Pubdate: Tue, 07 Aug 2012
Source: Hartford Courant (CT)
Copyright: 2012 The Hartford Courant
Author: Sam Tracy
Note: Sam Tracy, 21, of South Windsor, former student body president 
at the University of Connecticut, is a board member of Students for 
Sensible Drug Policy. He is a senior majoring in political science 
and sociology.


Drug Paradox: State, Federal Discrepancy Threatens Legal Users

Starting on Oct. 1, medical marijuana will be legal in Connecticut. 
Although our state's medical marijuana law was carefully designed to 
minimize the risk of federal invention, the legal reality is that the 
federal government can still prosecute anyone growing, selling or 
even using marijuana in compliance with state law. Our state leaders 
should act to protect Connecticut's citizens, and call on President 
Barack Obama to allow medical marijuana at the federal level.

Despite the president's 2008 campaign promise to not interfere with 
states' medical marijuana programs, his administration has shown it 
is all too willing to crack down on dispensaries -- even ones 
complying fully with state law -- with its recent raids of Oaksterdam 
University and threats of property seizure against Harborside Health 
Center, both in California. Marijuana remains in the most restrictive 
legal category, Schedule I of the Controlled Substances Act, meaning 
it is officially recognized as having a high potential for abuse and 
no accepted medical use in treatment.

To put this in perspective, other Schedule I drugs include heroin and 
LSD, while Schedule II (defined as having a high potential for abuse 
and a currently accepted medical use with severe restrictions) 
includes cocaine and PCP. Paradoxically, the FDA-approved Marinol, 
which is simply a synthetic form of the chemical THC found in 
marijuana, is under Schedule III, defined as having a lower potential 
for abuse and an accepted medical use.

If President Obama wants to make good on his campaign promise, he 
could direct the Drug Enforcement Agency to look at the facts and 
move marijuana to a more appropriate schedule, such as II or III. 
This would lift the federal prohibition on marijuana for medical use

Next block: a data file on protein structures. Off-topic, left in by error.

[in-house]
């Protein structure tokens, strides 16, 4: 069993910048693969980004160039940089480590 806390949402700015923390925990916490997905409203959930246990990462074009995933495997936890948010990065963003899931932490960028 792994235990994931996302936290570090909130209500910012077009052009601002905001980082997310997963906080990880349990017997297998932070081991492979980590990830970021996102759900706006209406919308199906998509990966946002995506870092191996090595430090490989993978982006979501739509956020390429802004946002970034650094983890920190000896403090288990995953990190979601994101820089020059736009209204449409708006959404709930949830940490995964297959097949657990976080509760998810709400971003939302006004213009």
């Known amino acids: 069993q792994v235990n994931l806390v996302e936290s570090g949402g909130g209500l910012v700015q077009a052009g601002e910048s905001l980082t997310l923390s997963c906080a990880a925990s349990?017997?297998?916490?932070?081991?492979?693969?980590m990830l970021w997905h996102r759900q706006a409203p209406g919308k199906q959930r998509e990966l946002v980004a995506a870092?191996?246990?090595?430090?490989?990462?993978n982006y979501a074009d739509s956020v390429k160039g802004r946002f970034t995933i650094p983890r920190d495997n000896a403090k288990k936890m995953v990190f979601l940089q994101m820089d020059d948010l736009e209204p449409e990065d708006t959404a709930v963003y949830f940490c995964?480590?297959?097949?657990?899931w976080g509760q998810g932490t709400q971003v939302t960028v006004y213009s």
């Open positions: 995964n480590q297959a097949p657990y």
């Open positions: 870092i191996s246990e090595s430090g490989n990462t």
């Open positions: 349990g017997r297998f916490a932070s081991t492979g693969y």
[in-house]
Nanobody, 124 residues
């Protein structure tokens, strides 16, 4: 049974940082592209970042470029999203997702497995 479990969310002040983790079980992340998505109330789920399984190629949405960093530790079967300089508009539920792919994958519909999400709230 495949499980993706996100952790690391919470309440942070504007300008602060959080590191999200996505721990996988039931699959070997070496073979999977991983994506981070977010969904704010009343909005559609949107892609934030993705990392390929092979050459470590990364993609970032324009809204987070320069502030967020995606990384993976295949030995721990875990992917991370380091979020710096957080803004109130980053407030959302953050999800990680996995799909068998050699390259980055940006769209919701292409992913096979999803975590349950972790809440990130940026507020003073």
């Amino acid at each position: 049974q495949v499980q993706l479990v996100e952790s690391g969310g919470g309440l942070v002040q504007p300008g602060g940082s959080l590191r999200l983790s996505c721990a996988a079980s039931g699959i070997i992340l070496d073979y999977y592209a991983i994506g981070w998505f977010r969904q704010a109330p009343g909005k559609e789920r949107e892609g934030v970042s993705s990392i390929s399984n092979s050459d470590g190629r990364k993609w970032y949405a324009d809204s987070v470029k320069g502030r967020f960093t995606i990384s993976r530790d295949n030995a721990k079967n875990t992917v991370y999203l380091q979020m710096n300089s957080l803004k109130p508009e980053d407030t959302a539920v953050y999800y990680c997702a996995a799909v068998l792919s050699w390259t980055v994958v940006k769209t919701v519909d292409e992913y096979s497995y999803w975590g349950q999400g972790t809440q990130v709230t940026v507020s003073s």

and allow states to regulate it without fear of federal interference. 
It would also enable marijuana to be prescribed to patients and 
dispensed at a pharmacy, rather than forcing legislatures to use 
legal loopholes and allow doctors to "recommend" it and have patients 
buy it from dedicated dispensaries. Most important, rescheduling 
would allow much more research to be done on the effects of 
marijuana, allowing us to better understand its uses and how to 
administer it as safely as possible.

The fact that the Obama administration could quickly and easily end 
federal interference in medical marijuana is no secret. Last year, 
Govs. Christine Gregoire of Washington and Lincoln Chafee of Rhode 
Island jointly filed a petition to the DEA asking that marijuana be 
reclassified to at least Schedule II, and Vermont Gov. Peter Shumlin 
signed on to the petition almost immediately. Unfortunately, their 
request has gone nowhere; the Obama administration simply ignored it. 
The advocacy group Americans for Safe Access is appealing a decision 
by the DEA to ignore its own rescheduling request.

Connecticut's elected leaders, including our congressional delegation 
and Gov. Dannel P. Malloy, must join with other states to put 
pressure on the Obama administration to look honestly at the science 
and reschedule marijuana. They have all shown great support for 
medical marijuana in the past. Mr. Malloy campaigned on the issue in 
2010, and his support was key in making Connecticut the 17th state to 
permit medical marijuana this year.

The U.S. House of Representatives recently held a vote to block 
federal funding for raids on medical marijuana dispensaries; although 
the motion failed 262-163, all five of Connecticut's representatives 
voted against federal interference.

Nationwide, support for medical marijuana consistently polls at well 
over 70 percent, significantly higher than President Obama's own 
approval rating, which currently hovers around 47 percent. 
Connecticut is the country's most recent state to allow medical 
marijuana, and if allowed to be implemented, its law will be one of 
the most responsible in the nation. Our state leaders need to stand 
up for the rights of Connecticut's patients -- and the will of its 
voters -- and advocate for the end of federal interference in state 
medical marijuana programs.
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MAP posted-by: Jay Bergstrom